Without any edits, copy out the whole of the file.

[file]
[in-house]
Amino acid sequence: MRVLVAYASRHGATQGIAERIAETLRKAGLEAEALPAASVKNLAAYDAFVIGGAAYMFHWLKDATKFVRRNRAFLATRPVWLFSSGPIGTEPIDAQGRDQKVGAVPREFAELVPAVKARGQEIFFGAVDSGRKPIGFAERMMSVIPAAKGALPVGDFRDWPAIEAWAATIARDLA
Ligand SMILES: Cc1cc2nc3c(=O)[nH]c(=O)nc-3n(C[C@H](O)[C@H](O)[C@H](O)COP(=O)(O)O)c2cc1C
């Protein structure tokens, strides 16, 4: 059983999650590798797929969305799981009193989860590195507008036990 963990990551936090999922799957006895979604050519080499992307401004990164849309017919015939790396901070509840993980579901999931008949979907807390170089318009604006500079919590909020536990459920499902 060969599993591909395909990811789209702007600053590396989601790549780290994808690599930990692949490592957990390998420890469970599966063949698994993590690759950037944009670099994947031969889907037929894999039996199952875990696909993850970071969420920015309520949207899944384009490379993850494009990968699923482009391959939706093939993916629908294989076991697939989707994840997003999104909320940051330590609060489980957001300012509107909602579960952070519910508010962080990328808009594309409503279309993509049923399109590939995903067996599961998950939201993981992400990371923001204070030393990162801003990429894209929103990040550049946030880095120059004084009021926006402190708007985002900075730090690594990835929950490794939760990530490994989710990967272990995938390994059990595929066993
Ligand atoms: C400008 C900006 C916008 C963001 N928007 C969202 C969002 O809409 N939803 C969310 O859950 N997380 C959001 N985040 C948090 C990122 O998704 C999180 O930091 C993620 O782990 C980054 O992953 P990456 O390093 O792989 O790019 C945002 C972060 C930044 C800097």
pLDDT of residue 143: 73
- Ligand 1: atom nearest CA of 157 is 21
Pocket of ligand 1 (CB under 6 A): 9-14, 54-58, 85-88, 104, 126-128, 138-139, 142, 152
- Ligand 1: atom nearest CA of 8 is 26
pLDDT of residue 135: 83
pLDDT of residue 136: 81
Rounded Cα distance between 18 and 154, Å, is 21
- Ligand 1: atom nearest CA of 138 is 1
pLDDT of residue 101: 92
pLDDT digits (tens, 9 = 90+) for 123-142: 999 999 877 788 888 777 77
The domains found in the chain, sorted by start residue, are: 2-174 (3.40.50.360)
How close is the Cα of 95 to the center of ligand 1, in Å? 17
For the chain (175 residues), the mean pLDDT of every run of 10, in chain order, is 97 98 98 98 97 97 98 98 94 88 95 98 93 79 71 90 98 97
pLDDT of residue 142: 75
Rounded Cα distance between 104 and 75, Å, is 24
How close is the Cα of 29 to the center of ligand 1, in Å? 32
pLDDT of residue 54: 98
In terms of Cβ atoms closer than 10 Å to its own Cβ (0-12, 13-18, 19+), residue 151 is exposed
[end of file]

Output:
[in-house]
Amino acid sequence: MRVLVAYASRHGATQGIAERIAETLRKAGLEAEALPAASVKNLAAYDAFVIGGAAYMFHWLKDATKFVRRNRAFLATRPVWLFSSGPIGTEPIDAQGRDQKVGAVPREFAELVPAVKARGQEIFFGAVDSGRKPIGFAERMMSVIPAAKGALPVGDFRDWPAIEAWAATIARDLA
Ligand SMILES: Cc1cc2nc3c(=O)[nH]c(=O)nc-3n(C[C@H](O)[C@H](O)[C@H](O)COP(=O)(O)O)c2cc1C
């Protein structure tokens, strides 16, 4: 059983999650590798797929969305799981009193989860590195507008036990 963990990551936090999922799957006895979604050519080499992307401004990164849309017919015939790396901070509840993980579901999931008949979907807390170089318009604006500079919590909020536990459920499902 060969599993591909395909990811789209702007600053590396989601790549780290994808690599930990692949490592957990390998420890469970599966063949698994993590690759950037944009670099994947031969889907037929894999039996199952875990696909993850970071969420920015309520949207899944384009490379993850494009990968699923482009391959939706093939993916629908294989076991697939989707994840997003999104909320940051330590609060489980957001300012509107909602579960952070519910508010962080990328808009594309409503279309993509049923399109590939995903067996599961998950939201993981992400990371923001204070030393990162801003990429894209929103990040550049946030880095120059004084009021926006402190708007985002900075730090690594990835929950490794939760990530490994989710990967272990995938390994059990595929066993
Ligand atoms: C400008 C900006 C916008 C963001 N928007 C969202 C969002 O809409 N939803 C969310 O859950 N997380 C959001 N985040 C948090 C990122 O998704 C999180 O930091 C993620 O782990 C980054 O992953 P990456 O390093 O792989 O790019 C945002 C972060 C930044 C800097």
pLDDT of residue 143: 73
- Ligand 1: atom nearest CA of 157 is 21
Pocket of ligand 1 (CB under 6 A): 9-14, 54-58, 85-88, 104, 126-128, 138-139, 142, 152
- Ligand 1: atom nearest CA of 8 is 26
pLDDT of residue 135: 83
pLDDT of residue 136: 81
Rounded Cα distance between 18 and 154, Å, is 21
- Ligand 1: atom nearest CA of 138 is 1
pLDDT of residue 101: 92
pLDDT digits (tens, 9 = 90+) for 123-142: 999 999 877 788 888 777 77
The domains found in the chain, sorted by start residue, are: 2-174 (3.40.50.360)
How close is the Cα of 95 to the center of ligand 1, in Å? 17
For the chain (175 residues), the mean pLDDT of every run of 10, in chain order, is 97 98 98 98 97 97 98 98 94 88 95 98 93 79 71 90 98 97
pLDDT of residue 142: 75
Rounded Cα distance between 104 and 75, Å, is 24
How close is the Cα of 29 to the center of ligand 1, in Å? 32
pLDDT of residue 54: 98
In terms of Cβ atoms closer than 10 Å to its own Cβ (0-12, 13-18, 19+), residue 151 is exposed